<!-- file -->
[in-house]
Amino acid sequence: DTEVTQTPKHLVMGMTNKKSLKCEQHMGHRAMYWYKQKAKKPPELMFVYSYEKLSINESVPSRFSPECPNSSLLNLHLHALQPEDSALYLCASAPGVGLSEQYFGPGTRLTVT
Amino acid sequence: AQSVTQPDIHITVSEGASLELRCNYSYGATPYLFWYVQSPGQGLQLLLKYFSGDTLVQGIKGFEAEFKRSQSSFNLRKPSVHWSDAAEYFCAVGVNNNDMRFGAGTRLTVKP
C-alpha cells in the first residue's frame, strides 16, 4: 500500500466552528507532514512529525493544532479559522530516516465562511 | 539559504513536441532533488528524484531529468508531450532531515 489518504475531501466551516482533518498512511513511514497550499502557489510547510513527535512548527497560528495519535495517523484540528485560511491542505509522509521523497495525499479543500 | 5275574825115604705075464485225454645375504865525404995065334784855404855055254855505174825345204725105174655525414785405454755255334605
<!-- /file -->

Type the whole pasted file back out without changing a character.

[in-house]
Amino acid sequence: DTEVTQTPKHLVMGMTNKKSLKCEQHMGHRAMYWYKQKAKKPPELMFVYSYEKLSINESVPSRFSPECPNSSLLNLHLHALQPEDSALYLCASAPGVGLSEQYFGPGTRLTVT
Amino acid sequence: AQSVTQPDIHITVSEGASLELRCNYSYGATPYLFWYVQSPGQGLQLLLKYFSGDTLVQGIKGFEAEFKRSQSSFNLRKPSVHWSDAAEYFCAVGVNNNDMRFGAGTRLTVKP
C-alpha cells in the first residue's frame, strides 16, 4: 500500500466552528507532514512529525493544532479559522530516516465562511 | 539559504513536441532533488528524484531529468508531450532531515 489518504475531501466551516482533518498512511513511514497550499502557489510547510513527535512548527497560528495519535495517523484540528485560511491542505509522509521523497495525499479543500 | 5275574825115604705075464485225454645375504865525404995065334784855404855055254855505174825345204725105174655525414785405454755255334605